Hubei authorities are intensifying their crackdown on Buddhism, destroying temples on trumped-up pretenses and leaving elderly owners without means to survive.
Hubei Province in east-central China has seen many sealed off and forcibly demolished temples in the past year. The owners of these temples as well as monks and nuns are driven out, not only inflicting spiritual damage on them but also leaving them homeless. The owners also face substantial financial losses. Bitter Winter continues to receive new reports daily, highlighting the survival crisis faced by Buddhists in China.
Paralyzed temple owner driven out
On March 1, Hongshan Temple (literally, Red Mountain Temple), located in Leigong town, administered by the county-level city of Anlu, was razed to the ground. The temple was built in 1997, at the cost of 70,000 RMB (about $ 10,000) paid by the temple’s owner, in addition to local villagers’ donations.
The temple has been the owner’s home for more than 20 years. In her late seventies, she has been unable to walk for three years due to illness, and she relies on others to take care of her. To make matters worse, last September, three local village officials came to Hongshan Temple and claimed that since it did not have a religious activity venue registration certificate, the temple must be demolished. Even if the owner applied for such a permit, the government wouldn’t approve it, the officials added and ordered the owner to move out.
The woman was unwilling to leave because she had nowhere to go. The authorities repeatedly put pressure on her, threatening to arrest the people who took care of her if they continued to come to the temple. Left alone, the owner endured unspeakable suffering.
Two months later, local government officials tried to expel the owner again, threatening to bury her under the rubble when an excavator would be brought in to demolish the temple. The village secretary and other officials destroyed various Buddhist items inside the temple, including incense burners, oil lamps, and a traditional percussion instrument used during rituals called “wooden fish.”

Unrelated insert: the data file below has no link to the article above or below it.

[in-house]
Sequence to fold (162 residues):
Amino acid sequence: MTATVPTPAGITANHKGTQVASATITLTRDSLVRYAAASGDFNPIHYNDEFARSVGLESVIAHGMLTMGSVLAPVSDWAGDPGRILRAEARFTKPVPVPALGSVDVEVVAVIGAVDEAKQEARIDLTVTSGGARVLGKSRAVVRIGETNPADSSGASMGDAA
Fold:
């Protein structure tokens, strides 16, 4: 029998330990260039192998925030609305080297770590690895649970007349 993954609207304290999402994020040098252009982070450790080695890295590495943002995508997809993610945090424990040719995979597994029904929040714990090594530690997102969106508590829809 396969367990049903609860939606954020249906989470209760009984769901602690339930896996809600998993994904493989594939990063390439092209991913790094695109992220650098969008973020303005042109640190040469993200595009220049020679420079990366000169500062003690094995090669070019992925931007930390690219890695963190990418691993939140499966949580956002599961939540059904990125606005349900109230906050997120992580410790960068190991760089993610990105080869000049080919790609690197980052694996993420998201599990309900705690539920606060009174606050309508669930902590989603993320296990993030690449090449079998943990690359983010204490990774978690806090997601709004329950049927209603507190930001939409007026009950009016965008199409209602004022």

“Those are the things that I used for Buddhist memorial services. All of them have been smashed and destroyed. How will I support myself from now on? The government is forcing me down a dead-end road.” said the owner as she cried in despair.
In mid-November, personnel from the city’s Bureau of Ethnic and Religious Affairs forcibly transferred the woman to another temple and demolished her temple three and a half months later.
Lifetime savings obliterated
On April 12, Pure Land Temple, located in Fuchang town, in the county-level city of Honghu under the jurisdiction of Hubei’s Jingzhou city, was demolished on the grounds that the government had already sold the temple’s land.
According to eyewitnesses, that morning, more than ten local government personnel and thugs, arrived at the temple. Police officers armed with electric batons and handcuffs cordoned off the area. Officers forcibly dragged a believer in her seventies out of the temple, warning that anyone who entered the temple would be arrested. Shortly after that, the temple was turned into a pile of ruins.
Local believers revealed that Pure Land Temple was built in 1996 with funding from villagers. The temple’s octogenarian owner has resided at the temple for 22 years. He invested his entire life’s savings of 200,000 RMB (about $ 29,000) in the temple.
Now that the temple has been demolished, the elderly man doesn’t know how he will live the rest of his life.
Temple owner left with debts
On April 11, Guanyin Hall of a temple, located in Xingguo town, in Yangxin county, under the jurisdiction of Hubei’s Huangshi city, was demolished under the pretense that the land was needed for the development of roads.
According to a believer who requested anonymity, on the day of the demolition, the president of the county’s China Buddhist Association invited the temple’s owner to “discuss things.” As soon as she left, more than 100 special police blocked off the intersections around Guanyin Hall and two excavators were directed to demolish the hall.
When the temple’s owner returned and saw that Guanyin Hall was razed to the ground, she burst into tears.
Video: Excavators are dismantling Guanyin Hall.
The woman not only lost her home, but she still owes 30,000 RMB (about $ 4,300) in unpaid debts out of over 500,000 RMB (about $ 72,000) that she had spent to build the hall; now she has no income to repay it. After the demolition, she had to move into a small rented apartment.
Since the government didn’t provide any compensation for the demolished hall, the owner went to authorities for an explanation but was ignored. Intending to file a lawsuit, the owner talked a lawyer, who said that the demolition was a government action and that filing a lawsuit would be useless.